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Boston Marathon runners honor victims of last year’s bombing

Boston has held its annual marathon with strong memories of last year's deadly bombings. The day was also noteworthy for the men's race, where an American won for the first time in 31 years.

Before marathoners set off from the start line in Boston on Monday morning, they bowed their heads in a moment of silence to remember those whose lives were indelibly changed just over a year ago.

On April 5, 2013, two pressure cooker bombs stored in backpacks detonated near the finish line of the Boston Marathon. Three people were killed in the attack and over 260 wounded, many of whom sustained severe injuries to their legs.

"We've tried to strike a balance between enhanced security and persevering the family feel of this day," Massachusetts state Governor Deval Patrick told reporters.

Boston's police department deployed some 3,600 personnel to ensure safety at this year's highly anticipated event. It has also required runners to leave their belongings in clear plastic bags.

An additional 100 cameras have been installed along the course to monitor the crowds, according to the Boston Athletic Association.

Less than a week after the terrorist attack, local police working together with the FBI identified Chechen brothers Tamerlan and

Dzhokhar Tsarnaev

as the alleged perpetrators. Tamerlan, 26, was killed in a subsequent shoot out with police, while Dzhokhar, now 20, was arrested. He is awaiting trial and could face the death penalty if convicted.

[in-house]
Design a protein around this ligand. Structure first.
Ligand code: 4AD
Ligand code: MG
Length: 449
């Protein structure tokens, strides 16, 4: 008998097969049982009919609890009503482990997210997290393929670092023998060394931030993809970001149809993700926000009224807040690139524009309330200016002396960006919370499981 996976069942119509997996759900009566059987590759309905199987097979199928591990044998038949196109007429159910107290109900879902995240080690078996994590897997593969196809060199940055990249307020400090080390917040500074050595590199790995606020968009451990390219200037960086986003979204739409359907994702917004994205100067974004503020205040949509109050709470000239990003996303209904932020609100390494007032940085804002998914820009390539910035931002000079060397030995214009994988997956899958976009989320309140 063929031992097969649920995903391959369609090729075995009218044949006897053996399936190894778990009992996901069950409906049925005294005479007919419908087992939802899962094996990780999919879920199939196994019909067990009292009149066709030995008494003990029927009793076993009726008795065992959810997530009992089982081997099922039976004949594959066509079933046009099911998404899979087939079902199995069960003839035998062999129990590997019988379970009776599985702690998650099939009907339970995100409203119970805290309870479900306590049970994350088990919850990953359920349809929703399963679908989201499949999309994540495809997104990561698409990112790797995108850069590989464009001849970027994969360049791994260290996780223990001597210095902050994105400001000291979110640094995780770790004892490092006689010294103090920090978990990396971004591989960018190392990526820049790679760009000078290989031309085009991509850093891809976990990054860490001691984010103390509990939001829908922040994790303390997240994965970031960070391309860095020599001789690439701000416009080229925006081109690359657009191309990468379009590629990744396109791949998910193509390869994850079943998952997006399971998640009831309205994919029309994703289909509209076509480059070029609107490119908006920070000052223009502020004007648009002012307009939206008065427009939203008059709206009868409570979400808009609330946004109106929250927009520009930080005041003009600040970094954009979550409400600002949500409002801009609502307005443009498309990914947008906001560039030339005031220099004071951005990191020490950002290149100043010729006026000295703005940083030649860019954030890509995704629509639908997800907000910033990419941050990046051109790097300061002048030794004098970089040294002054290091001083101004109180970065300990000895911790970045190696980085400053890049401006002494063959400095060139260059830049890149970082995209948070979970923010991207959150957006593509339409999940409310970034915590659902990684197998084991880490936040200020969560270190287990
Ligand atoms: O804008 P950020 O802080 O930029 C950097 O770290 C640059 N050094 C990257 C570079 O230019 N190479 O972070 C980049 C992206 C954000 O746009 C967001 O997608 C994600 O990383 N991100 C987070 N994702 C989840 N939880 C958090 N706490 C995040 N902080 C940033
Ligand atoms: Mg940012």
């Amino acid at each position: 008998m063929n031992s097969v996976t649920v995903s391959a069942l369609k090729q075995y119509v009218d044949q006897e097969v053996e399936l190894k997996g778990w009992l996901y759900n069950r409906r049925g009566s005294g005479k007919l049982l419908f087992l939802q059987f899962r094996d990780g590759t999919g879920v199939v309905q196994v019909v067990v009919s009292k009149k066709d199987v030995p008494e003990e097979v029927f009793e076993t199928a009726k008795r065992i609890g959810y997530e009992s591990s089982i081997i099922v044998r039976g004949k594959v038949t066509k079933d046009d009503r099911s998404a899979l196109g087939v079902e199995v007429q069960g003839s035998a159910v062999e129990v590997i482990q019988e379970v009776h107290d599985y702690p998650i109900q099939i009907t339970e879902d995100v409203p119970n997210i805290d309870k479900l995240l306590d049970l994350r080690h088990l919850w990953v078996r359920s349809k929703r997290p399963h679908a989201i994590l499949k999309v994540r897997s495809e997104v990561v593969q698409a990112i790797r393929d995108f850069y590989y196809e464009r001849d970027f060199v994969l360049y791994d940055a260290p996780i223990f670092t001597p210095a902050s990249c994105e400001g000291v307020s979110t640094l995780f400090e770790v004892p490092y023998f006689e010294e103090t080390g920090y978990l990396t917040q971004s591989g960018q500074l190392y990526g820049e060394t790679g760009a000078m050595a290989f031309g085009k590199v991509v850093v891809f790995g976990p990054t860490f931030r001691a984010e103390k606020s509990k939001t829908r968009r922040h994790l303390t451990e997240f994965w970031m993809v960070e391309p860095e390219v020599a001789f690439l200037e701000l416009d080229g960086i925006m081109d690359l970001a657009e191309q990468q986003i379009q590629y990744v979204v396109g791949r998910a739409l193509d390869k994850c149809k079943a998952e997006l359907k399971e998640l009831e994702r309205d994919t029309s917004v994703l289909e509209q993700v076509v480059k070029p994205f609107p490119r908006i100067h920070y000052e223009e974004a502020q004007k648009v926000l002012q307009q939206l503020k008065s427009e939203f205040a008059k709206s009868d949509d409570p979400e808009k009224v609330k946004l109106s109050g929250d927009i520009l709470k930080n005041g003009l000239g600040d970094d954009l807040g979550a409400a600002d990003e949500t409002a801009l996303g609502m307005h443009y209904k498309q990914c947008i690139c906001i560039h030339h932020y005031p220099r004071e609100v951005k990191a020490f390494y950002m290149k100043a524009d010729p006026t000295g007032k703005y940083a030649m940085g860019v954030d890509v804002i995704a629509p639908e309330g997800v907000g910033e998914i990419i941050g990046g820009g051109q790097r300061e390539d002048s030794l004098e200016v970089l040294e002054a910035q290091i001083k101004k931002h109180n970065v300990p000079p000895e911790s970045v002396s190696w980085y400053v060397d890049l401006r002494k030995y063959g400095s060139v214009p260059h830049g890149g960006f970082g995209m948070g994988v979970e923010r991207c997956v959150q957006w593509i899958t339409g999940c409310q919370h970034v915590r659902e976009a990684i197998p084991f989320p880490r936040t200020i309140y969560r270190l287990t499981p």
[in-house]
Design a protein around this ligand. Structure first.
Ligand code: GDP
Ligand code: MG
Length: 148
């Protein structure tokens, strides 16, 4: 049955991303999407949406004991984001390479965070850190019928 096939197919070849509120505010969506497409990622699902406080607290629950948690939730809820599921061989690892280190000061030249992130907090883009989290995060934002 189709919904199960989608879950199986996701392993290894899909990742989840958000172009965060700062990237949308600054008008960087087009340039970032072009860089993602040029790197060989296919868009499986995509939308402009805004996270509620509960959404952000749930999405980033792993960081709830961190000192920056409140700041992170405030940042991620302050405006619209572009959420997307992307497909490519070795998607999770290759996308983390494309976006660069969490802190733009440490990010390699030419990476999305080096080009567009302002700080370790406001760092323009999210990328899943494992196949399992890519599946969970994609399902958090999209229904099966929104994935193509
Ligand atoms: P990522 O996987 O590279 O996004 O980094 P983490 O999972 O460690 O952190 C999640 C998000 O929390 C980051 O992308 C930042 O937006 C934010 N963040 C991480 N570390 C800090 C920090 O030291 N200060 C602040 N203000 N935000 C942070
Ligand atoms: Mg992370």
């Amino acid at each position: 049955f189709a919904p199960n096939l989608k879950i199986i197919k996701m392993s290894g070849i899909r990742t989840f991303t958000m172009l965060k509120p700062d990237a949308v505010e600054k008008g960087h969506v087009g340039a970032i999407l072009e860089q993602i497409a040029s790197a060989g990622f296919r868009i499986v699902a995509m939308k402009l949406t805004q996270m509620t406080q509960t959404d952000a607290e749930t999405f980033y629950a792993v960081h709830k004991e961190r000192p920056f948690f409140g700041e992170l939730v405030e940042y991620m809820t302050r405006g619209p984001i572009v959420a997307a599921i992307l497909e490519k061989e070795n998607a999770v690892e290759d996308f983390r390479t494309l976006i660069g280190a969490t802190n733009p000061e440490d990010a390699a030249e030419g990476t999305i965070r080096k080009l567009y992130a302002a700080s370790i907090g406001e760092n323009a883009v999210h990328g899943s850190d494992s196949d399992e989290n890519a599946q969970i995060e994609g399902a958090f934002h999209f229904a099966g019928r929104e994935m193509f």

Runners return

A track coach from New Jersey, Robert Hollis, said the increased police presence had put some participants on edge.

"There is some nervousness. I wasn't scared until 15 minutes ago, but when I saw all those cops and the dogs on the Amtrak train, I got a little nervous," Hollis told Reuters news agency. "We just live in a different age and time now."

However, the changed security situation did not faze some of the runners who had returned to complete the 26.2-mile race this year, including 1968 Boston Marathon winner, Amby Burfoot.

"We (the runners) are so lucky because we are going down the middle of the parade, with fans on both sides of the road. All of us, we feel so lucky that we are part of this," Burfoot told AFP news agency in an interview.

"At the end of the day, we all say Boston lives, Boston strong, Boston endures forever," he added.

Nearly 36,000 runners were registered for the 2014 marathon, the second largest field in the race's history. Event organizers reportedly expanded the number to allow last year's runners who didn't complete the marathon to return for a second attempt.

American takes men's top spot

Meb Keflizighi took top spot in the men's race with a time of 2:08:37. Adding to a resume that includes taking first place in the New York City Marathon and an Olympic medal, Keflizighi became the first American to win first place in Boston in 31 years.

"At the end, I just kept thinking, 'Boston strong. Boston strong," Keflezighi said. "I was thinking give everything you have."

In the women's division, Kenyan Rita Jeptoo defended her title, finishing 2:18:57.

American Olympian Shalane Flanagan, who placed seventh in the women's race, said the turnout at this year's race was incredible.

The fans crowding the sidelines were "so loud that my ears almost hurt," Flanagan said.

kms/ccp (AP, AFP, Reuters)

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